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Is tackling now being tackled at last?

Having been dismissed as a whinger and a moaner it seems that Wengers long standing criticism of poor tackling skills might be coming of age.

A number of injuries in the Premier League this season including broken limbs for Zamora and Ben Arfa has strengthened a debate that had already benefited from a wider criticism of the tactics employed by the Dutch, notably van Bommel, in the last World Cup. Perhaps it is this criticism that led the Dutch coach Bert van Marwijk to drop Nigel de Jong from the current Euro qualifiers with the comment that "I have a problem with the way Nigel needlessly looks to push the limit. I am going to speak to him."

It was a stance cautiously applauded by Fifa executive committee member Dr Michel D`Hooghe. "I have made a compilation of brutality over the last two or three years in the main competitions in the world and it is amazing," said D`Hooghe. "On the one hand I am happy that some leaders take responsibility - on the other hand I am very sad that he did not do the same at the final of the World Cup."

When Wenger responded with more than a little scepticism, a few weeks back, to an invitation to comment on Robinson`s unpunished tackle on Diaby after the recent home game against Bolton he was, as he predicted, dismissed as a moaner and whinger. The media were only too keen to seek the equally predictable scorn of perpetrators of footballs shameful defenders of bad tackles with Pulis and Allardyce providing the ammunition to further the claim that Arsene was just seeking special treatment for his own players. That it was like asking Josef Fritzl for his views on parenting didn`t matter to those who wanted soundbites more than they really wanted a considered view.

It seems now though others are beginning to wake up to the realisation that if we encourage such play, or even if we just fail to condemn it robustly enough, it isn`t just Arsenal players who get hurt. Fulham's midfielder Danny Murphy has specifically criticised the managers of Stoke, Blackburn and Wolves for encouraging bad tackles. "The pace some of the players are going into tackles at is ridiculous," said Murphy. "There are no brains in the players doing that. I don`t believe they are going out to break the legs of their opponents but there`s no logic or intelligence in what they are doing.

"If you`re going in at a certain pace and don`t get it right you are going to hurt someone. Players need to be more intelligent, especially the ones who are doing it repeatedly. They are culpable in that. You get managers sending teams out to stop other sides from playing, which is happening more and more," he said. "Stoke, Blackburn and Wolves — you can say they`re doing what they can to win the game — but the fact is that the managers are sending the players out so pumped up that inevitably there are going to be problems."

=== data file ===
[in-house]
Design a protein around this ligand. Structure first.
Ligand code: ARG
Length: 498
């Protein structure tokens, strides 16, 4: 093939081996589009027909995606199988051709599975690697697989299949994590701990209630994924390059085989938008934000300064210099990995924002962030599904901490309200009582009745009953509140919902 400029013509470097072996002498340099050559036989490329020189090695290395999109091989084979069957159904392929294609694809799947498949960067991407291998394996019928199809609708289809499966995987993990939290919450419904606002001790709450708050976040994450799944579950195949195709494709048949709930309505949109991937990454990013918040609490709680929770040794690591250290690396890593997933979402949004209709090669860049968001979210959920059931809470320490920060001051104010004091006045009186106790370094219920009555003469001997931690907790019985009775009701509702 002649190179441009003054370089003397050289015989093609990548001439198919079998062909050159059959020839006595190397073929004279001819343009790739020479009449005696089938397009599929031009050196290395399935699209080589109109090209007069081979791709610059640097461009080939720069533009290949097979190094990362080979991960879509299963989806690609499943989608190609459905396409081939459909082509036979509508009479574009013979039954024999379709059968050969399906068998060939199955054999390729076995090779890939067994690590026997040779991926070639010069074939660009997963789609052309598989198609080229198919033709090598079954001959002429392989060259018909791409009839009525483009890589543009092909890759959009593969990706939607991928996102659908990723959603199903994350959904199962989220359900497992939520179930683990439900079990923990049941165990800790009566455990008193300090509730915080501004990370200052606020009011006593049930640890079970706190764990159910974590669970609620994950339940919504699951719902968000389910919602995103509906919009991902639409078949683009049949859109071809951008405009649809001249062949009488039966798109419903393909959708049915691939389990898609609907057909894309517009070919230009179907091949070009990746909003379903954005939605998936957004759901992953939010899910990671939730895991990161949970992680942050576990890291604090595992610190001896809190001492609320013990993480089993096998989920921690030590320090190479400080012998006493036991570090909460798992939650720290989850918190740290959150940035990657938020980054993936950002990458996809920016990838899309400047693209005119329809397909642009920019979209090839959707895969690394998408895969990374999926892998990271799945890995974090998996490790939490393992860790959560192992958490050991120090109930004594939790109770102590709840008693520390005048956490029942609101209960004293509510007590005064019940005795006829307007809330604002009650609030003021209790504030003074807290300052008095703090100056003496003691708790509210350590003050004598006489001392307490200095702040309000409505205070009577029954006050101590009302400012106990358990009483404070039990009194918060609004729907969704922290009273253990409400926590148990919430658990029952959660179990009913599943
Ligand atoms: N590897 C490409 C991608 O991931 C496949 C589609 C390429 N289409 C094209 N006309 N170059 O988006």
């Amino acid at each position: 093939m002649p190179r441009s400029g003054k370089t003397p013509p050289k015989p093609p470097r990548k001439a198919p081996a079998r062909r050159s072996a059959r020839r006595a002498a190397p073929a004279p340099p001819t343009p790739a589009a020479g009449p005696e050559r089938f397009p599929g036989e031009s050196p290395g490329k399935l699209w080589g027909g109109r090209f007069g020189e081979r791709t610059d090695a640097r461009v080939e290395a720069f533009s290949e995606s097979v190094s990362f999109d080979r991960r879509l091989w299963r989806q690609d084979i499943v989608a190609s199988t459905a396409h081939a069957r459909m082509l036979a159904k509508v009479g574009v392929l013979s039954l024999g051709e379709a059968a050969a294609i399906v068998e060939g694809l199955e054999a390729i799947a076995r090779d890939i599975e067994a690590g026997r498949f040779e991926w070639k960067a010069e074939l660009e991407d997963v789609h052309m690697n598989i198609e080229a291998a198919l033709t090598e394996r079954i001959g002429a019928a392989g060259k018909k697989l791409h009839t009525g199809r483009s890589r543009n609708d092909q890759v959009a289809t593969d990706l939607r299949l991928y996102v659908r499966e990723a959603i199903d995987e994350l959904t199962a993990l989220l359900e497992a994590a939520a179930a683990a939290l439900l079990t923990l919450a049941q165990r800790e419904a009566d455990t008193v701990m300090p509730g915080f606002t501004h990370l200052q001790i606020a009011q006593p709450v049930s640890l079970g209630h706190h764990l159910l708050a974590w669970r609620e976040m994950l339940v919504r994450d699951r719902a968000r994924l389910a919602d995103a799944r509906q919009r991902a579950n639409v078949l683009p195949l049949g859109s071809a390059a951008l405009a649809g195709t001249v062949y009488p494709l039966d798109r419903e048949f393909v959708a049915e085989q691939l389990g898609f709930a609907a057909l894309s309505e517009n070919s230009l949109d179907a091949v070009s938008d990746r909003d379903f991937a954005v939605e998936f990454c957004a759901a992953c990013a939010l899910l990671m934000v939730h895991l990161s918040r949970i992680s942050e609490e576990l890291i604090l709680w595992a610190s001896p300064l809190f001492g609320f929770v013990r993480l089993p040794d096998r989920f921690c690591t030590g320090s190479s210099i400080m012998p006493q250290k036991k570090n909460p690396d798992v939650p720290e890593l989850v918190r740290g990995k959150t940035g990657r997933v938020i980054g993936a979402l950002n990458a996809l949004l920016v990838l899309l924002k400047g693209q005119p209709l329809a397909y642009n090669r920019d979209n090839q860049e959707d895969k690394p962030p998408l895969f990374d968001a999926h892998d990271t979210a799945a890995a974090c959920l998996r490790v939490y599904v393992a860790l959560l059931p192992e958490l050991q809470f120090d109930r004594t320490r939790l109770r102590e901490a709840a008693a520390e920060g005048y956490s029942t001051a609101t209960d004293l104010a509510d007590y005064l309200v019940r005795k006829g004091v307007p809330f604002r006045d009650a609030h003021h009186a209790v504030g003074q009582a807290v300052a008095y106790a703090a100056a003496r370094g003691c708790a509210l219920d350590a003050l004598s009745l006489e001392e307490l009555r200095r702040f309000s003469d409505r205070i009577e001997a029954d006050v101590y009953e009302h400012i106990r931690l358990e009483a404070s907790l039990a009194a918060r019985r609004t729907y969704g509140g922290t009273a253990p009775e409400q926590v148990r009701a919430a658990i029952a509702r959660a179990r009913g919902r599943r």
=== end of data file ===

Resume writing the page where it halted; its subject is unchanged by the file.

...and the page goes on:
At least Wenger isn`t a lone voice for the time being. His resignation a few weeks back to the fact that nothing would change unless others in the media were prompted to look at the benefits of encouraging good tackling as opposed to defending bad tackles may have found support quicker than he might have believed at the time. There is a debate underway at last. Whether it can be sustained unless some other poor soul gets clogged remains to be seen.



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The Journalist

Writer: Amos Mail feedback, articles or suggestions

Date:Friday October 8 2010

Time: 11:08AM

Your Comments

Isn't it funny how this only became a broader incident once de Jong's tackle came into focus? You know, de Jong not being English and all. Or is that just me? It's a simple point that I fear people are refusing to process, tackling is fine but charging in at someone at 1,000mph isn't an asset to the game and I wonder why people are looking to protect is so fervently. If you had a player incapable of controlling the ball, who whacked it out of play every time he got it, wouldn't you implore the coach to teach him touch and distribution? Why isn't it the same for tackling? Had to laugh that the two people to come to de Jong's defence have been van Bommel and Shawcross. That's like Fred and Rose West being called as character witnesses for Harold Shipman.
Little Dutch
De Jong was dropped from the Dutch squad after his tackle on Ben Arfa, Dribbling Moron Shawcross was called up by England for the 1st time after stealing a year of Aaron Ramseys career. Glad an English player has been brave enough to make these comments had enough of brain dead soundbites from the likes of Arry "you shud av seen tackling in the 60's" Redknapp and that c0ck Pulis.